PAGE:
By: Mae Lewis
January has been deemed Human Trafficking Awareness Month, so this column space is going to be dedicated to just that. Human trafficking is a broad topic. It essentially means the trade of humans for anything from sex slavery to the sale of human organs and tissues. But the broad definition of this term should not lessen the horror of what it truly is — the commercial exploitation of human beings.
According to the International Labor Organization (an agency of the UN), forced labor alone (which is only one component of trafficking) was a $150 billion industry in 2014. Trafficking was discussed very little in mainstream culture in 2014, but the industry is growing by leaps and bounds. Human trafficking is the second largest crime industry in the world, just behind drug dealing. According to a 2020 report, over 25 million people worldwide are in slavery. For context, this is equal to the population of the continent of Australia.
Traffickers prey on vulnerable populations; homeless youth are particularly vulnerable due to their lack of community, their naïveté, and lack of access to services. A lack of access to critical services or basic unmet needs is the number one cause of exploitation. People without food, a place to sleep, income, or a feeling of stability will be the first to be preyed upon.
It is estimated that more than 1/5 of the homeless youth population in America has been trafficked. To bring that into focus, there are over 2 million homeless youth every year. That means over 400,000 children are trafficked every year in the United States. In the state of Alabama alone, 6000 victims pass through the state daily.
But trafficking isn’t as straightforward as children being smuggled up and down the I-20. To compound the issue, rural areas have the problem of “familial trafficking”- which is essentially when a parent or guardian is allowing their dependent or child to be trafficked. Many parents are given no option but to allow their children to be trafficked, in their home, through threats of bodily harm or other horrific scare tactics. This cultural “norm” is just as much a problem in the rural United States as it is in faraway places like Cambodia or Thailand.
The reality is that the horrors of trafficking are not something that happen in other places, they are happening here and now, on our soil. A sobering fact is that in 2021, the human trafficking trade will gain further inroads into the American culture. The implications of the pandemic and the destabilization of our government will mean that the number of people who are vulnerable to exploitation will increase.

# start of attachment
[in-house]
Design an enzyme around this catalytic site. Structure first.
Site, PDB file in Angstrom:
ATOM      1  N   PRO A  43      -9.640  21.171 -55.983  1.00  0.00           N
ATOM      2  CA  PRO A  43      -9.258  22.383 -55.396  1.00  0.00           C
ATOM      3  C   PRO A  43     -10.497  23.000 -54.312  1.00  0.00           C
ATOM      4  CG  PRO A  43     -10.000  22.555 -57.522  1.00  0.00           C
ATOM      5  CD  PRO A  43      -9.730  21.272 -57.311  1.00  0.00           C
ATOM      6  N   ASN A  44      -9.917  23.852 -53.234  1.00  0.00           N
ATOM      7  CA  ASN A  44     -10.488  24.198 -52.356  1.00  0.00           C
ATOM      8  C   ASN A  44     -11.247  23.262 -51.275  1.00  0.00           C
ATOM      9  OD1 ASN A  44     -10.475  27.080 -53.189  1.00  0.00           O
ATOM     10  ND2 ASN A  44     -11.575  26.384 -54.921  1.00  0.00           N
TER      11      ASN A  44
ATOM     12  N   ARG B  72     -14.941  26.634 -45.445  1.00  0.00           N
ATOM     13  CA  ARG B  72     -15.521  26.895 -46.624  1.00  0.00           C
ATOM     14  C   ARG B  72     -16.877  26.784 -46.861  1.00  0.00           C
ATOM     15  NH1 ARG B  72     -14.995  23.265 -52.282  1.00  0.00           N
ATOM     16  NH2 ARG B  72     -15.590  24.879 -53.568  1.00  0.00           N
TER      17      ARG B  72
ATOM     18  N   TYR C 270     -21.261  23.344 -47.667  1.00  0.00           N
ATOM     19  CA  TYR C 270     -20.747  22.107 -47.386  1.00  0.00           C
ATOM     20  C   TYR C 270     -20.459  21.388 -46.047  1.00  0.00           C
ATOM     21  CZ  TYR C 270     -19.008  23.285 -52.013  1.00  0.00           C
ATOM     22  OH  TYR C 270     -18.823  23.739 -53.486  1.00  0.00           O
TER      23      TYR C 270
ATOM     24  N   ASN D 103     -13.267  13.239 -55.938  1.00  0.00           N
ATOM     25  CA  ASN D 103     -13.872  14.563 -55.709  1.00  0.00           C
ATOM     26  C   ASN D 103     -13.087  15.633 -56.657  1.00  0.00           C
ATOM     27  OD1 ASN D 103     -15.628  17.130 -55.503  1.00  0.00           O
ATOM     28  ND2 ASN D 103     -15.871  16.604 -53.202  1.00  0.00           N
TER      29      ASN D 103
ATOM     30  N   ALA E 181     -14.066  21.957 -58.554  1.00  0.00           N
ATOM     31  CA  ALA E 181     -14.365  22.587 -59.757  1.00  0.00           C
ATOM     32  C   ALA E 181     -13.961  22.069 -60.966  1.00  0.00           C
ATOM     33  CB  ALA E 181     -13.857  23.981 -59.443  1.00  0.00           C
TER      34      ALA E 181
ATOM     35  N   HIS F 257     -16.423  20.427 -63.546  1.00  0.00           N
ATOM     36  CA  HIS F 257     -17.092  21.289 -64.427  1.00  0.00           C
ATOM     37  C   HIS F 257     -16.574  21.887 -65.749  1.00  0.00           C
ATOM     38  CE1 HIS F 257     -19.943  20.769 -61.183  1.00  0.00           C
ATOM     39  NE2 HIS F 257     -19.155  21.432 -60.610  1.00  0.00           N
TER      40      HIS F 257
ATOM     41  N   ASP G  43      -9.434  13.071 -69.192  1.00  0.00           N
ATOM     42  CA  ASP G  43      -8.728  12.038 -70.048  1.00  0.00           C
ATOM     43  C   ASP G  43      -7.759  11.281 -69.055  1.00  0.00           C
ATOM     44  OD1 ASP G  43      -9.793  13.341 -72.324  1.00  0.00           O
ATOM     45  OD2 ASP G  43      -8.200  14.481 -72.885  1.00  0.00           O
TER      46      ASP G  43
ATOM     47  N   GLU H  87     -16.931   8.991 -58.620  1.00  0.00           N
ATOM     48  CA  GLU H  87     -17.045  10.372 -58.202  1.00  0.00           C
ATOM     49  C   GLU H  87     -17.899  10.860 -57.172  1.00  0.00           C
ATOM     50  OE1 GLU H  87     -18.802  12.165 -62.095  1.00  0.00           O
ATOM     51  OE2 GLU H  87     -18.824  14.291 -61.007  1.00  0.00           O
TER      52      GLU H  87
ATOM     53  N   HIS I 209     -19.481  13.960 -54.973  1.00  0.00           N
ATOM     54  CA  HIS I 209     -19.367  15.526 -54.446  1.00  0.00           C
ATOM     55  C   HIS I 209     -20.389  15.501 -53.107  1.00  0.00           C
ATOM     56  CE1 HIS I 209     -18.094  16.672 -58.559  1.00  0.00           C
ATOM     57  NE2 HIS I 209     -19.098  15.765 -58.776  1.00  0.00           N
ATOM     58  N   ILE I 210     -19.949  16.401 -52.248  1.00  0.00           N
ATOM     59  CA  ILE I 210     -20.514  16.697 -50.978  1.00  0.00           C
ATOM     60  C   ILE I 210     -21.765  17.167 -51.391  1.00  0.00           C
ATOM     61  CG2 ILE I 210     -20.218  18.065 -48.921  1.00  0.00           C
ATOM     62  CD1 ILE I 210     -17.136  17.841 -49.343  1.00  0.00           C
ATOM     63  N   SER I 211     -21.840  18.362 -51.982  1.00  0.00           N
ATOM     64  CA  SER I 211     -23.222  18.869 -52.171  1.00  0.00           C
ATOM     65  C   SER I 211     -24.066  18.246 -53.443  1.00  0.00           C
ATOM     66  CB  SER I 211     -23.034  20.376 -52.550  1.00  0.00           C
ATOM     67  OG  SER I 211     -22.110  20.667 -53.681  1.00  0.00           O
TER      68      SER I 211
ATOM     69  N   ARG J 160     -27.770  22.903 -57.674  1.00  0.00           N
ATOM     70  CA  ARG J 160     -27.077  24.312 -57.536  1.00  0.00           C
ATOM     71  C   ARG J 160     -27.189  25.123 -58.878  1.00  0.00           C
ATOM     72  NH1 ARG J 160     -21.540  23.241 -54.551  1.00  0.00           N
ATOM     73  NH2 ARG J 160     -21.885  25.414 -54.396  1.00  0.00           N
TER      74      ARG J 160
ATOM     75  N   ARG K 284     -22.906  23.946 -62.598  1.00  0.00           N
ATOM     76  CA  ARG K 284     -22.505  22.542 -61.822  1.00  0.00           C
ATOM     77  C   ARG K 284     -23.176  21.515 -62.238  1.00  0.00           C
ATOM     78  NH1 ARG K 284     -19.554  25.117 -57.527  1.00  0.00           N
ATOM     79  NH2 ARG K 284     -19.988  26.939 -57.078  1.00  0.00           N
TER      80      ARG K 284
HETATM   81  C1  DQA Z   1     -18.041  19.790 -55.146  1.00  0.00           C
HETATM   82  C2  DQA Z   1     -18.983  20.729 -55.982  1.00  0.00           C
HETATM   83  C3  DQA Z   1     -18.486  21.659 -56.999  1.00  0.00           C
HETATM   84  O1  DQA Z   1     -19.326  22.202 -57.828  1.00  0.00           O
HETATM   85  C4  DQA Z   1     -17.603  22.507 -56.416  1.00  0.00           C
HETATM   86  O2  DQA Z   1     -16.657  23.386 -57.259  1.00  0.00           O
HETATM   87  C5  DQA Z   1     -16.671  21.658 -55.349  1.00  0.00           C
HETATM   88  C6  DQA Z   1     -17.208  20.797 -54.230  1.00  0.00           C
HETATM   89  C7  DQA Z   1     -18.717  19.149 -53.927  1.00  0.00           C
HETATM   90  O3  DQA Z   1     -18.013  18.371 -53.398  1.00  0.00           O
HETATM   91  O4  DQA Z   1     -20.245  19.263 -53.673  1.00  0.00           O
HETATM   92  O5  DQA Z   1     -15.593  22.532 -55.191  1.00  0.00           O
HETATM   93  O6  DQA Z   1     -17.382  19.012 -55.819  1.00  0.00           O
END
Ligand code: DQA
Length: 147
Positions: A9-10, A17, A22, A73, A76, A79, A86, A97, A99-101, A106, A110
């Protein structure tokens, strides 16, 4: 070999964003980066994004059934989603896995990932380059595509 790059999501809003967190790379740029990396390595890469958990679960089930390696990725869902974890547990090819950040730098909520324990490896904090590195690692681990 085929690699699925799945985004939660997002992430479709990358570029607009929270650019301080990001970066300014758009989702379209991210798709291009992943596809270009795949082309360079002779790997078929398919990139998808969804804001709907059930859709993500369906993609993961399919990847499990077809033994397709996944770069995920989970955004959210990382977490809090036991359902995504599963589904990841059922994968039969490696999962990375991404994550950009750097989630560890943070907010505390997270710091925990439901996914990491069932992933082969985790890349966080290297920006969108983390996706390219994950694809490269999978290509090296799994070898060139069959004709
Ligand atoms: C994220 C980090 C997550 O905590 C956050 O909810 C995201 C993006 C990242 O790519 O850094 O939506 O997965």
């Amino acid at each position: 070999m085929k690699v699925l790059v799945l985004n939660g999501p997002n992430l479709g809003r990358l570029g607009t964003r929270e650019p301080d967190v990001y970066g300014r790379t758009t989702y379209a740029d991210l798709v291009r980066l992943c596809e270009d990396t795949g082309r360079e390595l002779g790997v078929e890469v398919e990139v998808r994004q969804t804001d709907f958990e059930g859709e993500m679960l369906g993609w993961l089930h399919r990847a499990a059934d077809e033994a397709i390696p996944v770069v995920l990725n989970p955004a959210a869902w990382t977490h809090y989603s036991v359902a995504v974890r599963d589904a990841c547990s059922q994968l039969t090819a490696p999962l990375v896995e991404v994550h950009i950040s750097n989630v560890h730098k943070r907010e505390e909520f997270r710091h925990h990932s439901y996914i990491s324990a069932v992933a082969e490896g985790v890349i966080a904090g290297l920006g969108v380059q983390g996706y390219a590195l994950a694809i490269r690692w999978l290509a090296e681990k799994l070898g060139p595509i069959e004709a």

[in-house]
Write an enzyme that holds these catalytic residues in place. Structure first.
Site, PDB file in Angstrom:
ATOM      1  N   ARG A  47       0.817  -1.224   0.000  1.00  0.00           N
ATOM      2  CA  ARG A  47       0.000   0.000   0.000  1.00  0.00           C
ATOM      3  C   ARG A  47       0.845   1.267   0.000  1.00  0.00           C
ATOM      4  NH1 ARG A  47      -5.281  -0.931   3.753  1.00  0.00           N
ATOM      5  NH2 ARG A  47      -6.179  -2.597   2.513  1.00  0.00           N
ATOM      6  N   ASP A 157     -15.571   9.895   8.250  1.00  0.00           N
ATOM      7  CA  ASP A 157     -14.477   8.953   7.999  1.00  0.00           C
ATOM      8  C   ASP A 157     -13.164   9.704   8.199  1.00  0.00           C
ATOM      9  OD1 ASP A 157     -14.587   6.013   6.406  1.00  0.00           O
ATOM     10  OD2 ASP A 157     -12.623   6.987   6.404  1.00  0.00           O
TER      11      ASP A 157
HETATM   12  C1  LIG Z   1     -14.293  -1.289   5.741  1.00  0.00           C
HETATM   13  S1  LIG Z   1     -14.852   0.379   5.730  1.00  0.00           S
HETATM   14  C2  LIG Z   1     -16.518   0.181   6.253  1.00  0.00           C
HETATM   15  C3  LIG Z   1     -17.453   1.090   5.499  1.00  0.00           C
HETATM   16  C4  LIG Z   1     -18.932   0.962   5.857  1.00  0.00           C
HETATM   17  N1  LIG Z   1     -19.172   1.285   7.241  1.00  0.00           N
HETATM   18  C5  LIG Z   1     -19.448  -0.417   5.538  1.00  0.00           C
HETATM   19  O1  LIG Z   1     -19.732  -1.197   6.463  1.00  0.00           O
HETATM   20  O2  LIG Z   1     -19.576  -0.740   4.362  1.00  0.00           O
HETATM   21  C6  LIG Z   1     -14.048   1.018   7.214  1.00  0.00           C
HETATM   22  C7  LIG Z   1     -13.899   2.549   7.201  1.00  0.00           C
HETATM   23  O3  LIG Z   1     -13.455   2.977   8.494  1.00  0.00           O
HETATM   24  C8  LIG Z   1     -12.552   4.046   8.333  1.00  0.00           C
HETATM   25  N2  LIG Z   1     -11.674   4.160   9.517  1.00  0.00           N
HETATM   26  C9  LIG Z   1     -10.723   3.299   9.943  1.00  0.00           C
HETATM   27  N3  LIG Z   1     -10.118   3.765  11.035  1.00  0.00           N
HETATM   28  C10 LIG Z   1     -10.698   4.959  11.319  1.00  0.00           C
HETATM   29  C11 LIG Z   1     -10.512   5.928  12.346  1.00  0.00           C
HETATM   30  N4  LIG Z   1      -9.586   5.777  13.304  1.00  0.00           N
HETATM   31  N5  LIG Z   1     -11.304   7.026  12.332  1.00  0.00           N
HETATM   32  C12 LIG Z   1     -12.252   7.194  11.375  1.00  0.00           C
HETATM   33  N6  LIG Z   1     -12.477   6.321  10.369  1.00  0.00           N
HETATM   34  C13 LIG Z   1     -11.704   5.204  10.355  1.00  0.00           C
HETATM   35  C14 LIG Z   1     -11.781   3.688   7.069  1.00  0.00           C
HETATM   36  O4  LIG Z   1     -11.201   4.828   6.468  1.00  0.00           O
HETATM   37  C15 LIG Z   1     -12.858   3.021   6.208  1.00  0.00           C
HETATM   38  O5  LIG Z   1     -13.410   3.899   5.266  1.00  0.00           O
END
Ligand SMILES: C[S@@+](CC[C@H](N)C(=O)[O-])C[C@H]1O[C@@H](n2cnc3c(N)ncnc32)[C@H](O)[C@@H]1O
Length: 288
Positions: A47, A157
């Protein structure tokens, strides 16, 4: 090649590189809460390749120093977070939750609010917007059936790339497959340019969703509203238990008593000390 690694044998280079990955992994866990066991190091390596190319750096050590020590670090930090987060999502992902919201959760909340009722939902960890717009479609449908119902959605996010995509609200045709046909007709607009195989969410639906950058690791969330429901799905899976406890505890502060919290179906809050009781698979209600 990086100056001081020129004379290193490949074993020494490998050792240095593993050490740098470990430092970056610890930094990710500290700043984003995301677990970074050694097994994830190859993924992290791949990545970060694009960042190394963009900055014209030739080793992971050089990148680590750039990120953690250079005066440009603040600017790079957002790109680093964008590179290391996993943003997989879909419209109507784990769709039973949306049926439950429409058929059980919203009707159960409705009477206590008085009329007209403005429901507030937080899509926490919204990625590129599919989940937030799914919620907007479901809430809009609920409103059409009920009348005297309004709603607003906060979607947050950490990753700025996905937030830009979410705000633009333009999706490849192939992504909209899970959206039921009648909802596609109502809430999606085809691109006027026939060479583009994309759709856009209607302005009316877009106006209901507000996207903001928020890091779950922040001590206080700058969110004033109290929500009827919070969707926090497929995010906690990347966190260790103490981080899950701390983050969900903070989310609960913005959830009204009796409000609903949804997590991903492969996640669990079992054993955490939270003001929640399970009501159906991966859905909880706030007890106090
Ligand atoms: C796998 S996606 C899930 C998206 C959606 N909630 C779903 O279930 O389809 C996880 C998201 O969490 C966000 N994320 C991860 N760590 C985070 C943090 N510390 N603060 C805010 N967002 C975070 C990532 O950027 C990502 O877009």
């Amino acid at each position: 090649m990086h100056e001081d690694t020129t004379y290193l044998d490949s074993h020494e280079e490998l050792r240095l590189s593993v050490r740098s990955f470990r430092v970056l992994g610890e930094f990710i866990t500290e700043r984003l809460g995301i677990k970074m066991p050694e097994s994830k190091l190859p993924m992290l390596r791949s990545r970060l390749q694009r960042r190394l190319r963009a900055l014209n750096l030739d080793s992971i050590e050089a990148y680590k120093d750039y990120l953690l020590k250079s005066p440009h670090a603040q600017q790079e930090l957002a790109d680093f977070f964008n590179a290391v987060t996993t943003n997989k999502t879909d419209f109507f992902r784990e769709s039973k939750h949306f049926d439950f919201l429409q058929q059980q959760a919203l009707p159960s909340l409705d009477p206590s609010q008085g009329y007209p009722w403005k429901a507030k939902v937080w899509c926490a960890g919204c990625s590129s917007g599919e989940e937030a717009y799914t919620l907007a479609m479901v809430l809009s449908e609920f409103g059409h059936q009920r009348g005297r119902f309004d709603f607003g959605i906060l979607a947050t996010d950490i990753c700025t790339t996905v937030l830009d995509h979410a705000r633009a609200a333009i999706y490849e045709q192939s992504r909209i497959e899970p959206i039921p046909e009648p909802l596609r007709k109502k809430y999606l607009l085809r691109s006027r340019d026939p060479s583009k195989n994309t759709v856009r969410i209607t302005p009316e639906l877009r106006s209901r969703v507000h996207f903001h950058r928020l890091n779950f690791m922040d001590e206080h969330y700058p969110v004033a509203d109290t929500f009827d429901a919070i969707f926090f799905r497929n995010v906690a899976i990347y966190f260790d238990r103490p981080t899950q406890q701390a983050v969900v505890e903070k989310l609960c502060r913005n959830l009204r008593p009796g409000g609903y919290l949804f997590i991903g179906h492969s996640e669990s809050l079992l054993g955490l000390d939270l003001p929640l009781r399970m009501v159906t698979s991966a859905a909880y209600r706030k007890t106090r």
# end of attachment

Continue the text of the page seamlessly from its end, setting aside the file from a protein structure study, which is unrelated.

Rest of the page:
What can be done? We must demand that prosecution for traffickers be increased, and also expand our effort to identify and care for victims of trafficking. Writing to our government leaders is an actionable step that anyone can take. Additionally, it is important to recognize the signs of trafficking and how to help someone who is a victim.
Here are the indicators of human trafficking as given by the Department of Homeland Security (“Not all indicators listed are present in every human trafficking situation, and the presence or absence of any of the indicators is not necessarily proof of human trafficking”):
* Does the person appear disconnected from family, friends, community organizations, or houses of worship?
* Has a child stopped attending school?
* Has the person had a sudden or dramatic change in behavior?
* Is a juvenile engaged in commercial sex acts?
* Is the person disoriented or confused, or showing signs of mental or physical abuse?
* Does the person have bruises in various stages of healing?
* Is the person fearful, timid, or submissive?
* Does the person show signs of having been denied food, water, sleep, or medical care?
* Is the person often in the company of someone to whom he or she defers? Or someone who seems to be in control of the situation, e.g., where they go or who they talk to?
* Does the person appear to be coached on what to say?
* Is the person living in unsuitable conditions?
* Does the person lack personal possessions and appear not to have a stable living situation?
* Does the person have freedom of movement? Can the person freely leave where they live? Are there unreasonable security measures?
By: Mae Lewis